The Sahel is a semi-arid region of transition in Africa between the Sahara and the Sudanian Savanna, which is extremely sensitive to the precipitation change. This vulnerable region is known for regular severe droughts and megadroughts, leading to large-scale famine. Thus, confident model projections of Sahel precipitation change under global warming is essential. However, current climate models exhibit large uncertainty on the projection of Sahel precipitation.
A group of scientists from Institute of Atmospheric Physics, Chinese Academy of Sciences found that the projection uncertainty of Sahel summer precipitation among the climate models is closely related to the historical precipitation simulation in South Asia and the western North Pacific. They use the specified historical simulation biases to calibrate future projections. After the effective calibration, they found that the increase of Sahel precipitation in the future will be stronger than the multi-model ensemble result, with an increase of 109%. Besides, more water resources are available in the twenty-first century, with an increase of 119% after the calibration. This result could be a beneficial side-effect of global warming.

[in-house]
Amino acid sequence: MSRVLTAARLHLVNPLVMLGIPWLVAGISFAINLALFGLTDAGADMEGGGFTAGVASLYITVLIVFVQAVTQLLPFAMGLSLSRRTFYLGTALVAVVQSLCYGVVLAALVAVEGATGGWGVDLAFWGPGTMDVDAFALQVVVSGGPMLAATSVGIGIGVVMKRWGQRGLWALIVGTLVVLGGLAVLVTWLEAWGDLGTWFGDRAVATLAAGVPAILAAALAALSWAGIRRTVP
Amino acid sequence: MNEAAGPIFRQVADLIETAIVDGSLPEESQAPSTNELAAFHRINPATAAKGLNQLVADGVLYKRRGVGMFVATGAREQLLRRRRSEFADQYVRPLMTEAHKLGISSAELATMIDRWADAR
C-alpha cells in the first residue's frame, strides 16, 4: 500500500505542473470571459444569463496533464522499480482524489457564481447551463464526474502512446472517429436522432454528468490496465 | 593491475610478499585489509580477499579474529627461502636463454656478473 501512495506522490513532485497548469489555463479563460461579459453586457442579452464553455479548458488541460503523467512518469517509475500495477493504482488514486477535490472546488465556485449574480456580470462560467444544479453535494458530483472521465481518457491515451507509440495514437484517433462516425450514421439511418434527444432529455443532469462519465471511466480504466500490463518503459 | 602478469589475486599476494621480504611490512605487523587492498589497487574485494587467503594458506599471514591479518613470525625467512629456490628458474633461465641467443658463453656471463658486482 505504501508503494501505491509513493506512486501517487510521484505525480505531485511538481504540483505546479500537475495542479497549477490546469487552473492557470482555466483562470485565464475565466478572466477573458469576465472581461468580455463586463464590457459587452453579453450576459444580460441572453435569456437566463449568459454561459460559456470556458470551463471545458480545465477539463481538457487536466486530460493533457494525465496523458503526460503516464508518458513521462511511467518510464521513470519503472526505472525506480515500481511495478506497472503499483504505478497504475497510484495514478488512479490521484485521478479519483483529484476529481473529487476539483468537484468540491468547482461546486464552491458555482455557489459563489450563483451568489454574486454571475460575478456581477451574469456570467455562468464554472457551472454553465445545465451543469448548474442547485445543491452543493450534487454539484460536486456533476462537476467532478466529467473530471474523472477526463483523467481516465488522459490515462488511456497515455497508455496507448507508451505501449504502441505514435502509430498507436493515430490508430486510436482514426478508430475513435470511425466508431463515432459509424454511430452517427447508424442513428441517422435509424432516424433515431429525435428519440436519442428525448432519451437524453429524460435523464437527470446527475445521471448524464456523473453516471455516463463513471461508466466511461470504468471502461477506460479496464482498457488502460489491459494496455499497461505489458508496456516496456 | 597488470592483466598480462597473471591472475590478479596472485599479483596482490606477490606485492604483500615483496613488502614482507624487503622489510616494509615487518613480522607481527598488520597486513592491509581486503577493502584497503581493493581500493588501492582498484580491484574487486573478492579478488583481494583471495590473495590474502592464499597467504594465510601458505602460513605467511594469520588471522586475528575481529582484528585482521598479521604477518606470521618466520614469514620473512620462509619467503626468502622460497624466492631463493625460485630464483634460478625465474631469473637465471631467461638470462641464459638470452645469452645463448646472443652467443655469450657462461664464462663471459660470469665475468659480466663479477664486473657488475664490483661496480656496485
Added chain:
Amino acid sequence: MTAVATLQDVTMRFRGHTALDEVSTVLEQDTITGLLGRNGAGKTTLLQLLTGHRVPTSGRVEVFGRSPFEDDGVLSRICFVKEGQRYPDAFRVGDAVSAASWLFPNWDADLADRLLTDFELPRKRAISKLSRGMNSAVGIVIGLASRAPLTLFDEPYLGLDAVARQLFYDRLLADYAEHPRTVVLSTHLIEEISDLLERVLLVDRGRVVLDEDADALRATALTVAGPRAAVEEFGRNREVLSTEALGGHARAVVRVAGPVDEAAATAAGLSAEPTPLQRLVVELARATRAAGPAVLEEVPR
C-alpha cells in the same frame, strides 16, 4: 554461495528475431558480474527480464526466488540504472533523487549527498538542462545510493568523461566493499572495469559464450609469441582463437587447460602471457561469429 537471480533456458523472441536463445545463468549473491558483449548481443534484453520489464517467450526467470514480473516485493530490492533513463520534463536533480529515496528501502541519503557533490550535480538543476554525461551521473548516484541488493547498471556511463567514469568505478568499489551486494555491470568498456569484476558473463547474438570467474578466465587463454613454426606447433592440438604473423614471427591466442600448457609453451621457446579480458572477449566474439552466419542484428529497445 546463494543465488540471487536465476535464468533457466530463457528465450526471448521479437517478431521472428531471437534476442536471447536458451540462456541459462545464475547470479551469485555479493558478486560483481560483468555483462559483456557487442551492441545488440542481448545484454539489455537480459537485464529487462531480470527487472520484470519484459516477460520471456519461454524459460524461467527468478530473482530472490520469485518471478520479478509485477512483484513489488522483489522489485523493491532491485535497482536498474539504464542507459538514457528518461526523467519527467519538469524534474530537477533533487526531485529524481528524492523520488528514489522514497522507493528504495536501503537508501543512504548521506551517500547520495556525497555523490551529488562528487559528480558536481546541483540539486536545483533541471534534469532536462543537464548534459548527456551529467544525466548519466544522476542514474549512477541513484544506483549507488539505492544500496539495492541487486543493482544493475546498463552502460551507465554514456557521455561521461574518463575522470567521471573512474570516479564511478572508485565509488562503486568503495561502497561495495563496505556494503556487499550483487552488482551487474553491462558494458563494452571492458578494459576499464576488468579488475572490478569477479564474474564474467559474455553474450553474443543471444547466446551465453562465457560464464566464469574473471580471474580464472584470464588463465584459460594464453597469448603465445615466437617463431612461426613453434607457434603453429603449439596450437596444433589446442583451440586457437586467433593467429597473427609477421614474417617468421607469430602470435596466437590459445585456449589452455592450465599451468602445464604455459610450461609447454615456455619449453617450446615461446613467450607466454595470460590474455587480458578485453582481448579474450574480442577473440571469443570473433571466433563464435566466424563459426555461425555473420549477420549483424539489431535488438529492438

They also point out that the convective parameterization scheme may play an important role in the relationship between the historical precipitation in remote areas and future projections in the Sahel. “A certain type of parameterization scheme tends to produce similar historical precipitation in South Asia and the western North Pacific, and future projections of the Sahel precipitation.” said the researchers in their article published in Journal of Climate.
Yan, Y., R. Lu, and C. Li, 2019: Relationship between the Future Projections of Sahel Rainfall and the Simulation Biases of Present South Asian and Western North Pacific Rainfall in Summer. J. Climate, 32, 1327–1343. doi: 10.1175/JCLI-D-17-0846.1
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